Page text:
The singer-songwriter is soothed by the rock and lull of Europe’s railways en route to Austria
Travel pieces tend to be written by daredevils, the type who, when asked if they fancy a trip on a raft up the Limpopo, cry, “Not half!” and grab a pre-packed rucksack. I’m not that type. I’m more the type who thinks the Limpopo might be infested with crocodiles or hippos, and who needs at least a week to make a list of essential toiletries before wondering which size suitcase to take. I don’t like cliffs or sheer drops, or skiing, or cable cars, or heights, so I’m still not sure how I ended up, in the rapidly fading light of an autumn afternoon in Innsbruck, slowly inching my way down a mountain path in inappropriate footwear, and wishing I were dead.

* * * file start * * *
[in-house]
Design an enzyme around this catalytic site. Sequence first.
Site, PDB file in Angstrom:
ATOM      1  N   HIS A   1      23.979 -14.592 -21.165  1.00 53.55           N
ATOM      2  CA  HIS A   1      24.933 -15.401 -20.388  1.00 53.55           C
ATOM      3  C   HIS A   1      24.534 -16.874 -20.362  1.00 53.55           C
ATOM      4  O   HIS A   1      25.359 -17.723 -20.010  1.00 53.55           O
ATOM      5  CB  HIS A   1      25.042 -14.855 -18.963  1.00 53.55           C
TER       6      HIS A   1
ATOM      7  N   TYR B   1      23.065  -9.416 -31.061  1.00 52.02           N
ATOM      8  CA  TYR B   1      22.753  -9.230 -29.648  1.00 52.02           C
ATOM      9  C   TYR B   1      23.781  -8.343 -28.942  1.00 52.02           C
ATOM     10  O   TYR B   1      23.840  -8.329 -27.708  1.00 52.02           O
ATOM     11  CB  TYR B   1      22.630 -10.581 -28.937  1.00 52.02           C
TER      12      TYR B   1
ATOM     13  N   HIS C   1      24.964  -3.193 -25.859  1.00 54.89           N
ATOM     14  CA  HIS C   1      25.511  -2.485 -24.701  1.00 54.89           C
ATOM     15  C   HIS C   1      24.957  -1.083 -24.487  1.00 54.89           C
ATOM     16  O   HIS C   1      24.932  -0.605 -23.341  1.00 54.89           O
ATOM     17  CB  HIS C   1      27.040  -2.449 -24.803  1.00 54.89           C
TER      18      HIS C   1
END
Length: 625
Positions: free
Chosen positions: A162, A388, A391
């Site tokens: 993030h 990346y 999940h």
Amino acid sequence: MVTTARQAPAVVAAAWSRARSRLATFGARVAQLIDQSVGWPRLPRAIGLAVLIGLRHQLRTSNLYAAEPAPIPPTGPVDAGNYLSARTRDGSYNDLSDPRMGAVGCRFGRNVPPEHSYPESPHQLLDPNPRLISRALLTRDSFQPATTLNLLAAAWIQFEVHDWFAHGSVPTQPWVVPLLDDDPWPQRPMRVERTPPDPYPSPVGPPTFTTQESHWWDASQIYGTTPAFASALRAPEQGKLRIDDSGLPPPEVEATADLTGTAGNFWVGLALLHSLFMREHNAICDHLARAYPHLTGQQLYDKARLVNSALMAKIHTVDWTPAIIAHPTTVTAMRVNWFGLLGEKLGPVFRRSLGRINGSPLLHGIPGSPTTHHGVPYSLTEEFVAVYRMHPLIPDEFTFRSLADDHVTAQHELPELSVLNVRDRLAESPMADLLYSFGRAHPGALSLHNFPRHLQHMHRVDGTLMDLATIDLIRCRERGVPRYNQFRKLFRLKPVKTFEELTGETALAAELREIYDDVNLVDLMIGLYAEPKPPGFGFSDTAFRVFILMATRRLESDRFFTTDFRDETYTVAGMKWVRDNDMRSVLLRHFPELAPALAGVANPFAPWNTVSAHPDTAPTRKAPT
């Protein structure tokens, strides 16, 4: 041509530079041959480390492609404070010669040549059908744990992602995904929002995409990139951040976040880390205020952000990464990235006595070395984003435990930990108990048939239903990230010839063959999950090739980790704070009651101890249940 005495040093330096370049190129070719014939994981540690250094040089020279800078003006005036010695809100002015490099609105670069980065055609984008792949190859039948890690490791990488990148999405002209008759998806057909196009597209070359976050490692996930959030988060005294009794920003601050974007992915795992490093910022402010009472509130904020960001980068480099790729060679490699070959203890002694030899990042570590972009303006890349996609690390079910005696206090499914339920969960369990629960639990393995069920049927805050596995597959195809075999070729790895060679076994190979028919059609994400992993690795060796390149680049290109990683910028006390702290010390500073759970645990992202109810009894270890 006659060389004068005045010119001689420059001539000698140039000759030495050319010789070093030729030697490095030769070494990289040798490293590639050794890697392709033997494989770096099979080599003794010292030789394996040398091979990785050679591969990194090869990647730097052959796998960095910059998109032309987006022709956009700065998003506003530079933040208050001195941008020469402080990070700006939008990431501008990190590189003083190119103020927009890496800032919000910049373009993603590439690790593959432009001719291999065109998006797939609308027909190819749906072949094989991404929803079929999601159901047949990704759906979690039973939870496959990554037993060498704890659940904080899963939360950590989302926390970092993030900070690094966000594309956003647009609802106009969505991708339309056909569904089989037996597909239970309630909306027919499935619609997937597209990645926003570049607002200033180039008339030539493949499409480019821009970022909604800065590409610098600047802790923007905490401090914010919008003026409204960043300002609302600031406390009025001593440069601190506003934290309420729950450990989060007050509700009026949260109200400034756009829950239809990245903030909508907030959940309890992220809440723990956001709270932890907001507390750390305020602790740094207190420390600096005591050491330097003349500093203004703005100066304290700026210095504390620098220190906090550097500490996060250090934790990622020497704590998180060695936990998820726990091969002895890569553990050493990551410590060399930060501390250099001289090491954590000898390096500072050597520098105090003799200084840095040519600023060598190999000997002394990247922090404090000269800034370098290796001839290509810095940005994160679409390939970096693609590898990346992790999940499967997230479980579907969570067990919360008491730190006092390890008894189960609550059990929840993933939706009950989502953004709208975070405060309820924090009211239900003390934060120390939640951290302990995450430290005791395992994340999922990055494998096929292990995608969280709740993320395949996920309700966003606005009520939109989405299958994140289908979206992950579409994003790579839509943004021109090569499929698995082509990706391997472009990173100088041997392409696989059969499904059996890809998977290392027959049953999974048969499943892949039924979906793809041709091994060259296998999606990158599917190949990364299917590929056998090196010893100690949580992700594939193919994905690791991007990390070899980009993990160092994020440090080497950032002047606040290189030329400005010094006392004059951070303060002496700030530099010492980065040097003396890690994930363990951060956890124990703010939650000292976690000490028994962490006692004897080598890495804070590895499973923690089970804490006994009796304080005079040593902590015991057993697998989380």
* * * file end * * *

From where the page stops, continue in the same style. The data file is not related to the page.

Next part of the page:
I’d come here with my friend Lavinia on a European adventure by rail, because of all things travel-related, what I love most is a train. Both my grandfathers were train drivers, so perhaps it’s in my blood. And being a non-driver, I am grateful for any form of transport that requires nothing more of me than gawping out the window. We’d planned an itinerary that would whisk us in two days from the centre of London to the heart of the Alps, beginning with a Eurostar to Paris, followed by a Swiss TGV Lyria train to Zurich. There we stopped overnight in the charming Lady’s First hotel, opened in 2001 exclusively for women, though now admitting men, and occupying a 19th-century town house in a quiet, leafy neighbourhood by the lake.